Re: [Recentattendees] Background on Singapore go/no go for IETF 100

Lorenzo Colitti <lorenzo@google.com> Fri, 27 May 2016 04:28 UTC

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From: Lorenzo Colitti <lorenzo@google.com>
Date: Fri, 27 May 2016 13:27:40 +0900
Message-ID: <CAKD1Yr2mGNPhUCzWyfAo_DYL3LhjkqRB13zXuj8wMqFQJfE4GA@mail.gmail.com>
Subject: Re: [Recentattendees] Background on Singapore go/no go for IETF 100
To: Fernando Gont <fgont@si6networks.com>
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Cc: "recentattendees@ietf.org" <recentattendees@ietf.org>, Margaret Cullen <margaretw42@gmail.com>, "Fred Baker \(fred\)" <fred@cisco.com>, "Ietf@Ietf. Org" <ietf@ietf.org>
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On Fri, May 27, 2016 at 9:11 AM, Fernando Gont <fgont@si6networks.com>;
wrote:

> Or is it just that only some forms/expressions of diversity are desirable?
>

That's a fascinating question. All else being equal you might imagine that
any group of people would give the earliest/most thought to the forms of
diversity that are the most represented in that group, simply because it is
more obvious to them. Thus, the IETF has had a geographic diversity policy
for a long time, while other forms of diversity were represented
less/later. At the other extreme, there may be forms of diversity that the
IETF as a group is not even aware of due to lack of experience.

I found it interesting how one message mentioned, "gender, race, color,
religion, age, sexual orientation, gender identity or gender expression, or
marital status", but didn't mention economic status, past visits (e.g.,
whether you've been to Syria) country of origin, non-religious ideological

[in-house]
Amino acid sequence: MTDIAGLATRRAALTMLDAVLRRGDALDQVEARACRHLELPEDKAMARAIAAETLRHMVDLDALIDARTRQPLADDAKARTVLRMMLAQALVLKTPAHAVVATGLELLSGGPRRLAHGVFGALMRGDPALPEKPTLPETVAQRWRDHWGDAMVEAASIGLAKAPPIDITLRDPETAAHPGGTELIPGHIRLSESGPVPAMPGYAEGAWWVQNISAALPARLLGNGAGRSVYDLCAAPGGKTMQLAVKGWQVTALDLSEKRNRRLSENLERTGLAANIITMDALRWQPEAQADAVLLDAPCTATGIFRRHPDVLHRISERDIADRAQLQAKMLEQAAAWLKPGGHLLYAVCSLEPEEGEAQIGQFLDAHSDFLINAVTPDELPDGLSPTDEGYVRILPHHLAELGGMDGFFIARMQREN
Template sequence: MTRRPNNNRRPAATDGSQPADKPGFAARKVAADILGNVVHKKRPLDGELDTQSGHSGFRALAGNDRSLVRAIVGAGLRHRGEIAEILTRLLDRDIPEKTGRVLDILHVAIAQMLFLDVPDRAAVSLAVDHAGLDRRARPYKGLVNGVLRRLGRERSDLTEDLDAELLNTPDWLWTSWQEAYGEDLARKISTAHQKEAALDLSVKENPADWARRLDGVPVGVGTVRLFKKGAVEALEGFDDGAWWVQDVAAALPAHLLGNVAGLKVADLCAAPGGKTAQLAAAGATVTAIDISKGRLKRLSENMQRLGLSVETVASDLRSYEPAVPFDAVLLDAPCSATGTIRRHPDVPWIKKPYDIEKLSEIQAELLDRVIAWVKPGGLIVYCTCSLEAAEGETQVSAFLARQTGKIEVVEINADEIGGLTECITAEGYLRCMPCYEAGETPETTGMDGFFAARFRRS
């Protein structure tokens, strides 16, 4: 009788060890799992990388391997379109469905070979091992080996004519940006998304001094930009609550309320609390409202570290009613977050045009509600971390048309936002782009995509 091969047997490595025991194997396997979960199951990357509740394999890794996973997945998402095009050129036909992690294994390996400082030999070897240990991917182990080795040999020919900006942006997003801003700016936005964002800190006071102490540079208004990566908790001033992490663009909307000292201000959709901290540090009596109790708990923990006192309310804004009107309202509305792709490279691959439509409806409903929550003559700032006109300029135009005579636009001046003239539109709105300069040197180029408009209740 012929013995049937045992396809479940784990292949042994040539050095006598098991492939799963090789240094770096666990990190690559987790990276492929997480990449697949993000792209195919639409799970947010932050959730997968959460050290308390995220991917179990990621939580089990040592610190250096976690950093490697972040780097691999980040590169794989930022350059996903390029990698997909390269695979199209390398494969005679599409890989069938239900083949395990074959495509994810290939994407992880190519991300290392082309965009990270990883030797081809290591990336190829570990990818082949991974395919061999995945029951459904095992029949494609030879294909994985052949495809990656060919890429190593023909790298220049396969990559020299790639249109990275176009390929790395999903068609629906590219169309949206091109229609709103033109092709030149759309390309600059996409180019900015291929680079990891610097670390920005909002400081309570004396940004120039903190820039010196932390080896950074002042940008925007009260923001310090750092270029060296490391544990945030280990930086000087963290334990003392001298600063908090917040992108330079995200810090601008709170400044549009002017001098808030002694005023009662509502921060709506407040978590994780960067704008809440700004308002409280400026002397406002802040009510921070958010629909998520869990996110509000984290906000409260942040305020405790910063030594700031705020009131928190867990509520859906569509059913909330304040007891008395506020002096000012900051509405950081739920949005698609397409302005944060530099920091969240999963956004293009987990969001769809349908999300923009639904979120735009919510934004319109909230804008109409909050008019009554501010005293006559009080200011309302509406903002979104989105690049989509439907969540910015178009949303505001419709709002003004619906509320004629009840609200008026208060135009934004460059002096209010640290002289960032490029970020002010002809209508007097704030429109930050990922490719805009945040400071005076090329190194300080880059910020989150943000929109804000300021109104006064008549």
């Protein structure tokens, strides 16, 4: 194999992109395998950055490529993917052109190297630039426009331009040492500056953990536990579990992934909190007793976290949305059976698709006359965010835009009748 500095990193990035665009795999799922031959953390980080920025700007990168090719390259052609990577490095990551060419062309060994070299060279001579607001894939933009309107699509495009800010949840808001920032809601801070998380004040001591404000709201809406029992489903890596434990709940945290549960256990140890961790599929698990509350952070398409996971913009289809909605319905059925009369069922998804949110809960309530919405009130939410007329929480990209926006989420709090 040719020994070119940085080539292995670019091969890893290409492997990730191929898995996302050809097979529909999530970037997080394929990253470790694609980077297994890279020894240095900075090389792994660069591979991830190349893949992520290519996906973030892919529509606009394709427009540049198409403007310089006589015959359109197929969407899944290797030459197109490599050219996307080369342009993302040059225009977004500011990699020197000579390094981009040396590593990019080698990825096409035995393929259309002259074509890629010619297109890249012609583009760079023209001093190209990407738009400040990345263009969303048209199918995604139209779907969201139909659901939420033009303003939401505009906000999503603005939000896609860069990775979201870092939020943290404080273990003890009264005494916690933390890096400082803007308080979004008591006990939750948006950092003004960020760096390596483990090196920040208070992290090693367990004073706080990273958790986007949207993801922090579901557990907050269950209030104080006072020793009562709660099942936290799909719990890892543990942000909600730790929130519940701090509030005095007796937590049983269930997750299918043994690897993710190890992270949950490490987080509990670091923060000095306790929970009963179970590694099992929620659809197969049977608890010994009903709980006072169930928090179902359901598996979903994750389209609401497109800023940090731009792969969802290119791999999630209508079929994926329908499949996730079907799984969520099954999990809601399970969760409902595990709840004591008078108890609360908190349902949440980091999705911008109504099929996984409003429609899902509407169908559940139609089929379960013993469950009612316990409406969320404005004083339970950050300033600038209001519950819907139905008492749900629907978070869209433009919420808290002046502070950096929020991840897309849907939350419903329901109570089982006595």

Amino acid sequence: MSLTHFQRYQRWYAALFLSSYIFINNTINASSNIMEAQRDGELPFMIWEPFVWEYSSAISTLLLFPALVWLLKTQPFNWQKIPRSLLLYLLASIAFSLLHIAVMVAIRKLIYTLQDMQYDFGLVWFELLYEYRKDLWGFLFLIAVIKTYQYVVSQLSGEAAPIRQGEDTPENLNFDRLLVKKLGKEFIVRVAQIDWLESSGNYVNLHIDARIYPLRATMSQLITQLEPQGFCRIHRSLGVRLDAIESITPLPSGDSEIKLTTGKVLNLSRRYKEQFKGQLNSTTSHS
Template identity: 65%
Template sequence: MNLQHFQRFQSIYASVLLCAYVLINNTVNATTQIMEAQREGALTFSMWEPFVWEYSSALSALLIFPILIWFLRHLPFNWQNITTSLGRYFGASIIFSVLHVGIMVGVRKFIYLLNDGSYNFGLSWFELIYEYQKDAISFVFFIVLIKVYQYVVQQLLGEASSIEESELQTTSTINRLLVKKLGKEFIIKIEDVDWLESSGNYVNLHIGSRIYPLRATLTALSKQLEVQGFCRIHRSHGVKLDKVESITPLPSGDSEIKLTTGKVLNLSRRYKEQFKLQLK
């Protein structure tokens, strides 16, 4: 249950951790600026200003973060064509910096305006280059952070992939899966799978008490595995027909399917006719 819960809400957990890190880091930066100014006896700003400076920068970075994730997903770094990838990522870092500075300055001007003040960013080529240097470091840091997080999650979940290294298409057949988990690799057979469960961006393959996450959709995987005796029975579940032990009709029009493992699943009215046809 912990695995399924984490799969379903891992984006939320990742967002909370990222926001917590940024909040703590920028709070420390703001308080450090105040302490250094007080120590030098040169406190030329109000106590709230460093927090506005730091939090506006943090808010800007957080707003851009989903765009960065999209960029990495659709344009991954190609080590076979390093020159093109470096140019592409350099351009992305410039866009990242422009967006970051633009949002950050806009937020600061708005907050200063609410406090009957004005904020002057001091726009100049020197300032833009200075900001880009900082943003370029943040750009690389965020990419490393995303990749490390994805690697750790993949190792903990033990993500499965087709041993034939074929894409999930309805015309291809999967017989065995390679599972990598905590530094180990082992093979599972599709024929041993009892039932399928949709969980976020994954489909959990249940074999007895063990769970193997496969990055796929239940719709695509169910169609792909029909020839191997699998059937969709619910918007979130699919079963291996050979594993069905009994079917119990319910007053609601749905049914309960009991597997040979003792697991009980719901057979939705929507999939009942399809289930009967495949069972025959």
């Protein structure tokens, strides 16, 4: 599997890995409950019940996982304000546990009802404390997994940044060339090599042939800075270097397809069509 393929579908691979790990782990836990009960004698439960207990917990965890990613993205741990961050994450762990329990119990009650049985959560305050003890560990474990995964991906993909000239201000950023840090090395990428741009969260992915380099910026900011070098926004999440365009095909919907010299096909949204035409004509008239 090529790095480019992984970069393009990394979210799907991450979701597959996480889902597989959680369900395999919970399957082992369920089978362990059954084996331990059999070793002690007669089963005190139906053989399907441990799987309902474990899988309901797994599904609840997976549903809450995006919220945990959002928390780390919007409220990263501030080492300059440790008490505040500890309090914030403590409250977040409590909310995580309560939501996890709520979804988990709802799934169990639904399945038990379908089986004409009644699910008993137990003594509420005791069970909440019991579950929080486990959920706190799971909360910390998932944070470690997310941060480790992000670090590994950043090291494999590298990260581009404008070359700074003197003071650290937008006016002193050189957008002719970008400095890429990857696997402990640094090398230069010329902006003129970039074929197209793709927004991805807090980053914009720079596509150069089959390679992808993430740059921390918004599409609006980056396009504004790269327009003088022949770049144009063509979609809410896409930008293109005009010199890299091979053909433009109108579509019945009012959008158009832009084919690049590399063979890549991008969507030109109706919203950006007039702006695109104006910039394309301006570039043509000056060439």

beliefs, food allergies, medical conditions, and other things that might
cause us to exclude people.

I don't know how an organization can/should decide which forms of diversity
to mandate/incentivize/encourage/accommodate and to what degree. In most
cases the people who are most present in the IETF tend to think that
democracy is the fairest way to make decisions, but sometimes arguments of
the form "let's do what is best for the most people" are characterized as
being "the tyranny of the majority". At the same time, pretty much any
choice will result in excluding someone, so how do you make that choice?

Also, do we want to avoid a vocal minority being able to have more
influence over the organization as a whole than a less vocal minority that
is equally represented? Is the vocal minority more vocal because their
concerns are more important than the less vocal minority, or because they
are otherwise predisposed (culturally, or as a group, or because other
groups are sympathetic to their case) to being more vocal? If that were the
case, how would we even find out?

I don't know if anyone has satisfactory answers to the question above. I
certainly don't, and I wish I did. There may be no answer that is
satisfactory to everyone, which I suppose is the heart of the problem.